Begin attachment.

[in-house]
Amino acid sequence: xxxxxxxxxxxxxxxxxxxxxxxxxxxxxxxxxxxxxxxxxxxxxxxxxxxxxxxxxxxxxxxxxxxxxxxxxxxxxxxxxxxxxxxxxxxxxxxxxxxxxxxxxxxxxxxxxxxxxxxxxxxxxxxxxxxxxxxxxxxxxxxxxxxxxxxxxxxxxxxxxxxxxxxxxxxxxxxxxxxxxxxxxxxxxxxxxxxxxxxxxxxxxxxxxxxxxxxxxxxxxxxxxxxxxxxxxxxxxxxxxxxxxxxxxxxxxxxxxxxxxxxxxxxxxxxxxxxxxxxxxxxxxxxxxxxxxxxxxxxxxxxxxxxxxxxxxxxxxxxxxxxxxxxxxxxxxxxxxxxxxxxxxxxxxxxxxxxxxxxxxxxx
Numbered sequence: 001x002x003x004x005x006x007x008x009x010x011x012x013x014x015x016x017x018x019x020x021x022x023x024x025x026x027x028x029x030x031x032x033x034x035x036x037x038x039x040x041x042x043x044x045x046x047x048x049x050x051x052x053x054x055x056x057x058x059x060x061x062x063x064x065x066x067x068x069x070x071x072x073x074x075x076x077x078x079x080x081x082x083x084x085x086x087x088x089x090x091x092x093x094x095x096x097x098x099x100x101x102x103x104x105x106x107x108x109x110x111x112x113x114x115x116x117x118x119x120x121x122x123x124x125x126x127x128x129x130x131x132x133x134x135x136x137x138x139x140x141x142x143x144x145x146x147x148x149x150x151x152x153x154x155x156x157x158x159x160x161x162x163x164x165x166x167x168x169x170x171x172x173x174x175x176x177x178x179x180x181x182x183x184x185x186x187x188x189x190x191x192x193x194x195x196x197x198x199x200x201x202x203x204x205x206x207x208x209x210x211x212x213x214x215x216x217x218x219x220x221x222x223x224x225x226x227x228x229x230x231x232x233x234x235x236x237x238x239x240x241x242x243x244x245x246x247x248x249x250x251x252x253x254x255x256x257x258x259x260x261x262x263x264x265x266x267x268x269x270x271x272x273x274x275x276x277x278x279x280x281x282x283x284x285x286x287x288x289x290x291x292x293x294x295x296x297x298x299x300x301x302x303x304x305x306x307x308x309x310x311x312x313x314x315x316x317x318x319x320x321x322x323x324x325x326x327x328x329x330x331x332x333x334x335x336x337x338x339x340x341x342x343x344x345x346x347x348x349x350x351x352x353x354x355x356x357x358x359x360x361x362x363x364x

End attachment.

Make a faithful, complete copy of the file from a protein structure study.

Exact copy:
[in-house]
Amino acid sequence: xxxxxxxxxxxxxxxxxxxxxxxxxxxxxxxxxxxxxxxxxxxxxxxxxxxxxxxxxxxxxxxxxxxxxxxxxxxxxxxxxxxxxxxxxxxxxxxxxxxxxxxxxxxxxxxxxxxxxxxxxxxxxxxxxxxxxxxxxxxxxxxxxxxxxxxxxxxxxxxxxxxxxxxxxxxxxxxxxxxxxxxxxxxxxxxxxxxxxxxxxxxxxxxxxxxxxxxxxxxxxxxxxxxxxxxxxxxxxxxxxxxxxxxxxxxxxxxxxxxxxxxxxxxxxxxxxxxxxxxxxxxxxxxxxxxxxxxxxxxxxxxxxxxxxxxxxxxxxxxxxxxxxxxxxxxxxxxxxxxxxxxxxxxxxxxxxxxxxxxxxxxx
Numbered sequence: 001x002x003x004x005x006x007x008x009x010x011x012x013x014x015x016x017x018x019x020x021x022x023x024x025x026x027x028x029x030x031x032x033x034x035x036x037x038x039x040x041x042x043x044x045x046x047x048x049x050x051x052x053x054x055x056x057x058x059x060x061x062x063x064x065x066x067x068x069x070x071x072x073x074x075x076x077x078x079x080x081x082x083x084x085x086x087x088x089x090x091x092x093x094x095x096x097x098x099x100x101x102x103x104x105x106x107x108x109x110x111x112x113x114x115x116x117x118x119x120x121x122x123x124x125x126x127x128x129x130x131x132x133x134x135x136x137x138x139x140x141x142x143x144x145x146x147x148x149x150x151x152x153x154x155x156x157x158x159x160x161x162x163x164x165x166x167x168x169x170x171x172x173x174x175x176x177x178x179x180x181x182x183x184x185x186x187x188x189x190x191x192x193x194x195x196x197x198x199x200x201x202x203x204x205x206x207x208x209x210x211x212x213x214x215x216x217x218x219x220x221x222x223x224x225x226x227x228x229x230x231x232x233x234x235x236x237x238x239x240x241x242x243x244x245x246x247x248x249x250x251x252x253x254x255x256x257x258x259x260x261x262x263x264x265x266x267x268x269x270x271x272x273x274x275x276x277x278x279x280x281x282x283x284x285x286x287x288x289x290x291x292x293x294x295x296x297x298x299x300x301x302x303x304x305x306x307x308x309x310x311x312x313x314x315x316x317x318x319x320x321x322x323x324x325x326x327x328x329x330x331x332x333x334x335x336x337x338x339x340x341x342x343x344x345x346x347x348x349x350x351x352x353x354x355x356x357x358x359x360x361x362x363x364x